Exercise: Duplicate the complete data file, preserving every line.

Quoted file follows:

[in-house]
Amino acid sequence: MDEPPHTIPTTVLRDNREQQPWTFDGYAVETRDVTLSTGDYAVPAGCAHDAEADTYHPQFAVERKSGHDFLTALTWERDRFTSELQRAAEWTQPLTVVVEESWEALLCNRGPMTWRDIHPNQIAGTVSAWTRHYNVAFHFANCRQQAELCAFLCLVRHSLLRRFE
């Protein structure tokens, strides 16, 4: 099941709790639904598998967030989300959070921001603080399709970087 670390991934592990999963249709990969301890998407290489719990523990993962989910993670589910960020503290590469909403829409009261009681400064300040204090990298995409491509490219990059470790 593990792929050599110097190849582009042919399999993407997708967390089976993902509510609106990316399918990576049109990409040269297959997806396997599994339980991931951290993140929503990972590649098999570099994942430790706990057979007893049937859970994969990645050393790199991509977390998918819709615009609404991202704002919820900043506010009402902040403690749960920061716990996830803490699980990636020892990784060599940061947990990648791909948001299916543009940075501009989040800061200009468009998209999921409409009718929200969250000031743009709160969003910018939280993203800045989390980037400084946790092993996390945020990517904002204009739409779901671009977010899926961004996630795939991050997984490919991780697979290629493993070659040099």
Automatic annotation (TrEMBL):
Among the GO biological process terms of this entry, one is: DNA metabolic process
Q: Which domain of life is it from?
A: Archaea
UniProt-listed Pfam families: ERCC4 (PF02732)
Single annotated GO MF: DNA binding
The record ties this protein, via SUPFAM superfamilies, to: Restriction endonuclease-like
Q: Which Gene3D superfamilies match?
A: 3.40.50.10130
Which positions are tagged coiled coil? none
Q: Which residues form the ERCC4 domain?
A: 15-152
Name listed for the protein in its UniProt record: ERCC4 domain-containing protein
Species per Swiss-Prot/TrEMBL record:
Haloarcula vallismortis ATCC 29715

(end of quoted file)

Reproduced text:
[in-house]
Amino acid sequence: MDEPPHTIPTTVLRDNREQQPWTFDGYAVETRDVTLSTGDYAVPAGCAHDAEADTYHPQFAVERKSGHDFLTALTWERDRFTSELQRAAEWTQPLTVVVEESWEALLCNRGPMTWRDIHPNQIAGTVSAWTRHYNVAFHFANCRQQAELCAFLCLVRHSLLRRFE
């Protein structure tokens, strides 16, 4: 099941709790639904598998967030989300959070921001603080399709970087 670390991934592990999963249709990969301890998407290489719990523990993962989910993670589910960020503290590469909403829409009261009681400064300040204090990298995409491509490219990059470790 593990792929050599110097190849582009042919399999993407997708967390089976993902509510609106990316399918990576049109990409040269297959997806396997599994339980991931951290993140929503990972590649098999570099994942430790706990057979007893049937859970994969990645050393790199991509977390998918819709615009609404991202704002919820900043506010009402902040403690749960920061716990996830803490699980990636020892990784060599940061947990990648791909948001299916543009940075501009989040800061200009468009998209999921409409009718929200969250000031743009709160969003910018939280993203800045989390980037400084946790092993996390945020990517904002204009739409779901671009977010899926961004996630795939991050997984490919991780697979290629493993070659040099």
Automatic annotation (TrEMBL):
Among the GO biological process terms of this entry, one is: DNA metabolic process
Q: Which domain of life is it from?
A: Archaea
UniProt-listed Pfam families: ERCC4 (PF02732)
Single annotated GO MF: DNA binding
The record ties this protein, via SUPFAM superfamilies, to: Restriction endonuclease-like
Q: Which Gene3D superfamilies match?
A: 3.40.50.10130
Which positions are tagged coiled coil? none
Q: Which residues form the ERCC4 domain?
A: 15-152
Name listed for the protein in its UniProt record: ERCC4 domain-containing protein
Species per Swiss-Prot/TrEMBL record:
Haloarcula vallismortis ATCC 29715